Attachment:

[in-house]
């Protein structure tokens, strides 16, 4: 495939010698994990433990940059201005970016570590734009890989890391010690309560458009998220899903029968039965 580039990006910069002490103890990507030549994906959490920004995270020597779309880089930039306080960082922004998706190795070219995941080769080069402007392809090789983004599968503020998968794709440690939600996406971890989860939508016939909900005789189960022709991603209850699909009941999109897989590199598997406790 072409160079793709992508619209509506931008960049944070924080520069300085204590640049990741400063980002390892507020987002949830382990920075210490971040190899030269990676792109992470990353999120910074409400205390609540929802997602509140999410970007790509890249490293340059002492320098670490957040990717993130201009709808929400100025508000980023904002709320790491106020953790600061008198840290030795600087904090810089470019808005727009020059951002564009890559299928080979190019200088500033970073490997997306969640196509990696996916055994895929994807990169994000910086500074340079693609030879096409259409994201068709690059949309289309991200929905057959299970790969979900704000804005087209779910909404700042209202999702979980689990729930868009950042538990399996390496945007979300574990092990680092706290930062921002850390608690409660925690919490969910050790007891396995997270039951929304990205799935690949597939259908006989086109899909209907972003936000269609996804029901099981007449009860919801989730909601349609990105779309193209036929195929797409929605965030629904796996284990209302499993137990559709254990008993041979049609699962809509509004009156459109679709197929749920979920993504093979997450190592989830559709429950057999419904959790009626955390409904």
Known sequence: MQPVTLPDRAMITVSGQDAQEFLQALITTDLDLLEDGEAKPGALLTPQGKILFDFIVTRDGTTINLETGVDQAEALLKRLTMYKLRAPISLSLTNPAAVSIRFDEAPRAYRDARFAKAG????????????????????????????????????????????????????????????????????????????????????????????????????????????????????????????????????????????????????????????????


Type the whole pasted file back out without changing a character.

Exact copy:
[in-house]
């Protein structure tokens, strides 16, 4: 495939010698994990433990940059201005970016570590734009890989890391010690309560458009998220899903029968039965 580039990006910069002490103890990507030549994906959490920004995270020597779309880089930039306080960082922004998706190795070219995941080769080069402007392809090789983004599968503020998968794709440690939600996406971890989860939508016939909900005789189960022709991603209850699909009941999109897989590199598997406790 072409160079793709992508619209509506931008960049944070924080520069300085204590640049990741400063980002390892507020987002949830382990920075210490971040190899030269990676792109992470990353999120910074409400205390609540929802997602509140999410970007790509890249490293340059002492320098670490957040990717993130201009709808929400100025508000980023904002709320790491106020953790600061008198840290030795600087904090810089470019808005727009020059951002564009890559299928080979190019200088500033970073490997997306969640196509990696996916055994895929994807990169994000910086500074340079693609030879096409259409994201068709690059949309289309991200929905057959299970790969979900704000804005087209779910909404700042209202999702979980689990729930868009950042538990399996390496945007979300574990092990680092706290930062921002850390608690409660925690919490969910050790007891396995997270039951929304990205799935690949597939259908006989086109899909209907972003936000269609996804029901099981007449009860919801989730909601349609990105779309193209036929195929797409929605965030629904796996284990209302499993137990559709254990008993041979049609699962809509509004009156459109679709197929749920979920993504093979997450190592989830559709429950057999419904959790009626955390409904």
Known sequence: MQPVTLPDRAMITVSGQDAQEFLQALITTDLDLLEDGEAKPGALLTPQGKILFDFIVTRDGTTINLETGVDQAEALLKRLTMYKLRAPISLSLTNPAAVSIRFDEAPRAYRDARFAKAG????????????????????????????????????????????????????????????????????????????????????????????????????????????????????????????????????????????????????????????????